Trail of Cthulhu (Review)

Trail of Cthulhu, from Pelgrane Press

Trail of Cthulhu
Pelgrane Press, $39.95
By Kenneth Hite
Reviewed by Matthew Pook

Call of Cthulhu is not perfect. It quantifies the Mythos, giving it numbers and making it knowable. Its skill system often results in the investigators not finding clues and thus stalling a scenario. It can be difficult to explain player character motivation for wanting to investigate the horrors of the Mythos.

Trail of Cthulhu is a licensed version of Call of Cthulhu from Pelgrane Press that addresses these issues. Written by Ken Hite (a member of the editorial board of The Unspeakable Oath), it uses that publisher’s GUMSHOE System, Robin D. Laws’ rules that shift the emphasis from finding clues to interpreting them. Hite adds Drives to explain investigator motivation. By discussing entities of the Mythos often in contradictory terms, not giving them stats beyond the Sanity loss they inflict, and by moving the game forward into the Desperate Decade of the 1930s, Hite makes Lovecraftian investigative horror unknown once again.

The first big difference between Call and Trail is that Trail asks which mode of play you prefer. It offers two, Purist or Pulp. Inspired by the majority of Lovecraft’s stories, the Purist mode has players and Keeper play out tales of intellectual and philosophical horror, doomed to a searing understanding of the cosmos. The Robert E. Howard-inspired Pulp mode is more physical, its protagonists ready with two guns blazing. The modes show in the Occupations: Author and Antiquarian are Purist while Alienist and Private Investigator are Pulp. In the Drives (investigator motivations), “Sense of Adventure” is Pulp, “Artistic Sensibility” is Purist. In the rules, Pulp mode allows Bullet Resistant Clothing and Purist mode calls for Ability caps.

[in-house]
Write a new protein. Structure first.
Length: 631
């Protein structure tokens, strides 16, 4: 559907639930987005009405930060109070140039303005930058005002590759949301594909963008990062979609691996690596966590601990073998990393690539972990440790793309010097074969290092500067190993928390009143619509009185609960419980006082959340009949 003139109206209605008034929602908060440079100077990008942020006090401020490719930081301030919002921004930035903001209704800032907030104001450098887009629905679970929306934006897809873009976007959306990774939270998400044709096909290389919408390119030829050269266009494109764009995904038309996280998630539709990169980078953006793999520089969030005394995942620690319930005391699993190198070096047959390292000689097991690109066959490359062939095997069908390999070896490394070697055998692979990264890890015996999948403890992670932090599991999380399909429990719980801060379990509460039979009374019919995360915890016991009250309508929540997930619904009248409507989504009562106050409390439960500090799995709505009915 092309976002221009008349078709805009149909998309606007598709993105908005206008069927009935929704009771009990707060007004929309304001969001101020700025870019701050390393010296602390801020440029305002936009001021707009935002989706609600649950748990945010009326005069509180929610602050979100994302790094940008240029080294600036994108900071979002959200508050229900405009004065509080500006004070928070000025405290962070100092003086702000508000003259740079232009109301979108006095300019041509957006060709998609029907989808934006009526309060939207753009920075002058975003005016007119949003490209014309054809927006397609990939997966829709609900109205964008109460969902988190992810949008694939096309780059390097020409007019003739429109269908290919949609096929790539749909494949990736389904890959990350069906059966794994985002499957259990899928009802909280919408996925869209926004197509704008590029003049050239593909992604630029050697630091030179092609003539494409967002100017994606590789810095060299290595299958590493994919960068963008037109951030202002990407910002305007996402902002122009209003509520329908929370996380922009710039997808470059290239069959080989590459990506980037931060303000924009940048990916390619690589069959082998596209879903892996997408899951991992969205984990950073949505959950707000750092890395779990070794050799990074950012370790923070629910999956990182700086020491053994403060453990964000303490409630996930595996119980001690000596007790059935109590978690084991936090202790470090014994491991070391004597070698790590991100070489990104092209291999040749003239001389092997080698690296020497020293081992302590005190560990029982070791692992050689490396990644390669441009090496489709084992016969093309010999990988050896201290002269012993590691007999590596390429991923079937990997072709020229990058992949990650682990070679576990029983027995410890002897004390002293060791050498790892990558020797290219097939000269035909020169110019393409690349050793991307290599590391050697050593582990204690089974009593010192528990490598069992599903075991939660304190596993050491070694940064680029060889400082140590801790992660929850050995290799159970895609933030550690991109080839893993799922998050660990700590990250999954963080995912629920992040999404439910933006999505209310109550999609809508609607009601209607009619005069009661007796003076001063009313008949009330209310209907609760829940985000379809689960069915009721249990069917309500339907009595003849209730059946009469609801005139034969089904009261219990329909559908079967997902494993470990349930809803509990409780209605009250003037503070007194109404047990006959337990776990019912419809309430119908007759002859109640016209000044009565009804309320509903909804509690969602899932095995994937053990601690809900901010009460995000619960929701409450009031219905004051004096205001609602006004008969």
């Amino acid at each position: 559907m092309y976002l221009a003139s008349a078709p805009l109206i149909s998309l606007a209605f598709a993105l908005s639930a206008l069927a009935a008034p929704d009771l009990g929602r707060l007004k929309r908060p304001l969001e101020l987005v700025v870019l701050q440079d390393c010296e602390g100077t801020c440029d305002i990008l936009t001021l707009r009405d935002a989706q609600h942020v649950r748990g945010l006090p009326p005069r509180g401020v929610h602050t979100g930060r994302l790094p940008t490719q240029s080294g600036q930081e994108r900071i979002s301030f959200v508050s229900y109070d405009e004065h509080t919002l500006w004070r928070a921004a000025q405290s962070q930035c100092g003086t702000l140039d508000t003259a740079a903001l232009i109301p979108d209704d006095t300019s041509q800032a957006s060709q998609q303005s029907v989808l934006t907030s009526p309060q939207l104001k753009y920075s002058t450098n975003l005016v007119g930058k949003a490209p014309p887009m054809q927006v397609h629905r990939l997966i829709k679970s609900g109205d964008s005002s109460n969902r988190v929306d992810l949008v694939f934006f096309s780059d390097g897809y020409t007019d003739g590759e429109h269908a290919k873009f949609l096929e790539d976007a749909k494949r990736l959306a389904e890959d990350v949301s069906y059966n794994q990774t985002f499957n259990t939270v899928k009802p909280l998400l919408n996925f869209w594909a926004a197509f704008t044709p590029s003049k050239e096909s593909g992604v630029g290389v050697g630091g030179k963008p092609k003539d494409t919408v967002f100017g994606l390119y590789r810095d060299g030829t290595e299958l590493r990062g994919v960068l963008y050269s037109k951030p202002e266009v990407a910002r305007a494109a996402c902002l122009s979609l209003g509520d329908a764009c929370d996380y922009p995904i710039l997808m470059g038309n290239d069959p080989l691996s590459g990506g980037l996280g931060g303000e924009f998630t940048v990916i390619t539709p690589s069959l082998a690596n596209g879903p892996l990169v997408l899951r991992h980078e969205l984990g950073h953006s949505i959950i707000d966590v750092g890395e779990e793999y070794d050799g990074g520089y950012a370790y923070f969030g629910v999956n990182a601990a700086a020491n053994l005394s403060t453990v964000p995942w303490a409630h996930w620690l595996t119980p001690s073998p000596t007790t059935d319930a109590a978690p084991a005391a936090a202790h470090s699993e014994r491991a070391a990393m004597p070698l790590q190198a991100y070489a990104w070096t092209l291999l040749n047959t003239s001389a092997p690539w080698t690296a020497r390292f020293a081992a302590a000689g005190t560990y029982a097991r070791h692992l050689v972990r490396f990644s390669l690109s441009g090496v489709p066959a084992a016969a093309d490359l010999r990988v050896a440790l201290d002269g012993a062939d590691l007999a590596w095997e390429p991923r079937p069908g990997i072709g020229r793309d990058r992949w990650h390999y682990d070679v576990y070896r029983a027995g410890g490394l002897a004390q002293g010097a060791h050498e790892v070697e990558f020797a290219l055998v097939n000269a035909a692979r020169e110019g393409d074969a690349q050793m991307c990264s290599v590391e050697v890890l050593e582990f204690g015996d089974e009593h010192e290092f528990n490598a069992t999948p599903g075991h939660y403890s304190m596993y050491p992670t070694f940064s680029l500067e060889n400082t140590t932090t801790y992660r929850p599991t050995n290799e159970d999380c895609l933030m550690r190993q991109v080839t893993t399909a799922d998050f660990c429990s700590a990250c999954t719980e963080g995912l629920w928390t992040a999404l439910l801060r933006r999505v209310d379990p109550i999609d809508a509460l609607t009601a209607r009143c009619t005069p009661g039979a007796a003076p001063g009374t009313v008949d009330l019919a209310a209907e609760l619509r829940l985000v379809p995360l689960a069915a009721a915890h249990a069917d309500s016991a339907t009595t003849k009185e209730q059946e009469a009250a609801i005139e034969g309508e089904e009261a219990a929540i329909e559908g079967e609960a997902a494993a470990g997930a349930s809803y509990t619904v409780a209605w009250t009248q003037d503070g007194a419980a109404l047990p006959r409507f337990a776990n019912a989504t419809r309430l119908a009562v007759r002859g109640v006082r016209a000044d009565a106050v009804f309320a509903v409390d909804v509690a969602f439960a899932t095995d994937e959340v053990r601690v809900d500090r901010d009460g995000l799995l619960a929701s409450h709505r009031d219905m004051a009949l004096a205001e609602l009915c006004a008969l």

Rather than traditional attributes and skills, in the GUMSHOE System characters are defined by two Ability types: Investigative (divided into Academic, Interpersonal, and Technical) and General. Both Ability types are represented by pools of points. Investigative Ability points are spent to acquire clues while General Ability points are spent to modify the die rolls in actions such as Driving, Fleeing, and Scuffling. Notably, both Health and Stability are General Abilities, as is the signature Sanity Ability, their points spent to save against taking physical or mental damage respectively.

While the use of point pools adds a resource management aspect, it shifts the focus to understanding clues rather than obtaining them, because Ability points are spent to gain extra information about a clue. If an investigator has an appropriate Ability, then he always gets the basic clue itself.

Alongside a re-examination of the Mythos, its entities, and its tomes, Hite provides a good overview of the 1930s, complete with new cults, some of which have a political aspect. In addition to the Brotherhood of the Yellow Sign and Yithian agents, he details Germany’s Ahnenerbe and Japan’s Black Dragon Society. Their inclusion nicely leads into the overview of the “Dirty Thirties,” a decade of famine, poverty, racism, totalitarianism (described as mankind’s own “Creeping Order”), and war.